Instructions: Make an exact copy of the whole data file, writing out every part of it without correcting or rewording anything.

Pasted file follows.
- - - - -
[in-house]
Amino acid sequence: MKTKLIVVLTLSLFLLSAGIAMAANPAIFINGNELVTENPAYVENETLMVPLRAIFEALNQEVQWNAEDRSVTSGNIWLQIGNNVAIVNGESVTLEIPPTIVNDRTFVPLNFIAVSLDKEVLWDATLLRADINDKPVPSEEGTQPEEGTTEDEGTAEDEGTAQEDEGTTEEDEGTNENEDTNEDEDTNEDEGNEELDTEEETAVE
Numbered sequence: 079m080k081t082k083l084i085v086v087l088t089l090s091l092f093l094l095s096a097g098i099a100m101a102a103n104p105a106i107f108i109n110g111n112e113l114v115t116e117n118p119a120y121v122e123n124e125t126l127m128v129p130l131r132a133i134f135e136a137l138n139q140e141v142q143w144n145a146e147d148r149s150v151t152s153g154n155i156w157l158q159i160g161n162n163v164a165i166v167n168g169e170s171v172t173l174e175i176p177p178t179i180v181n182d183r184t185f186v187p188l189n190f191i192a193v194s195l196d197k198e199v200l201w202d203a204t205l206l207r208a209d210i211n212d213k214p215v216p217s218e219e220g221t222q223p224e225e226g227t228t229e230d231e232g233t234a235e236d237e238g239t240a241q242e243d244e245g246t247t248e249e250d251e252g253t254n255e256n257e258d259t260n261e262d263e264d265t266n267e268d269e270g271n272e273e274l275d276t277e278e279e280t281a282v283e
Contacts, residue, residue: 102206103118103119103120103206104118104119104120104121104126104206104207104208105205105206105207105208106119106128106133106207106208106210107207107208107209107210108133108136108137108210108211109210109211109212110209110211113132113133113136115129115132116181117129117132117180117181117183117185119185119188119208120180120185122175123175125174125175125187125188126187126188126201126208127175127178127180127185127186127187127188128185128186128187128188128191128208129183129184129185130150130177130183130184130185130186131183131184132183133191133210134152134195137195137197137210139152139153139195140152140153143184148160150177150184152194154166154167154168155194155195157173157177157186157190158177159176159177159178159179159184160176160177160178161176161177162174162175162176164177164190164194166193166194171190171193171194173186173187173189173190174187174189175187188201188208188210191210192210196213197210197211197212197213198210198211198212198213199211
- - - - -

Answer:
[in-house]
Amino acid sequence: MKTKLIVVLTLSLFLLSAGIAMAANPAIFINGNELVTENPAYVENETLMVPLRAIFEALNQEVQWNAEDRSVTSGNIWLQIGNNVAIVNGESVTLEIPPTIVNDRTFVPLNFIAVSLDKEVLWDATLLRADINDKPVPSEEGTQPEEGTTEDEGTAEDEGTAQEDEGTTEEDEGTNENEDTNEDEDTNEDEGNEELDTEEETAVE
Numbered sequence: 079m080k081t082k083l084i085v086v087l088t089l090s091l092f093l094l095s096a097g098i099a100m101a102a103n104p105a106i107f108i109n110g111n112e113l114v115t116e117n118p119a120y121v122e123n124e125t126l127m128v129p130l131r132a133i134f135e136a137l138n139q140e141v142q143w144n145a146e147d148r149s150v151t152s153g154n155i156w157l158q159i160g161n162n163v164a165i166v167n168g169e170s171v172t173l174e175i176p177p178t179i180v181n182d183r184t185f186v187p188l189n190f191i192a193v194s195l196d197k198e199v200l201w202d203a204t205l206l207r208a209d210i211n212d213k214p215v216p217s218e219e220g221t222q223p224e225e226g227t228t229e230d231e232g233t234a235e236d237e238g239t240a241q242e243d244e245g246t247t248e249e250d251e252g253t254n255e256n257e258d259t260n261e262d263e264d265t266n267e268d269e270g271n272e273e274l275d276t277e278e279e280t281a282v283e
Contacts, residue, residue: 102206103118103119103120103206104118104119104120104121104126104206104207104208105205105206105207105208106119106128106133106207106208106210107207107208107209107210108133108136108137108210108211109210109211109212110209110211113132113133113136115129115132116181117129117132117180117181117183117185119185119188119208120180120185122175123175125174125175125187125188126187126188126201126208127175127178127180127185127186127187127188128185128186128187128188128191128208129183129184129185130150130177130183130184130185130186131183131184132183133191133210134152134195137195137197137210139152139153139195140152140153143184148160150177150184152194154166154167154168155194155195157173157177157186157190158177159176159177159178159179159184160176160177160178161176161177162174162175162176164177164190164194166193166194171190171193171194173186173187173189173190174187174189175187188201188208188210191210192210196213197210197211197212197213198210198211198212198213199211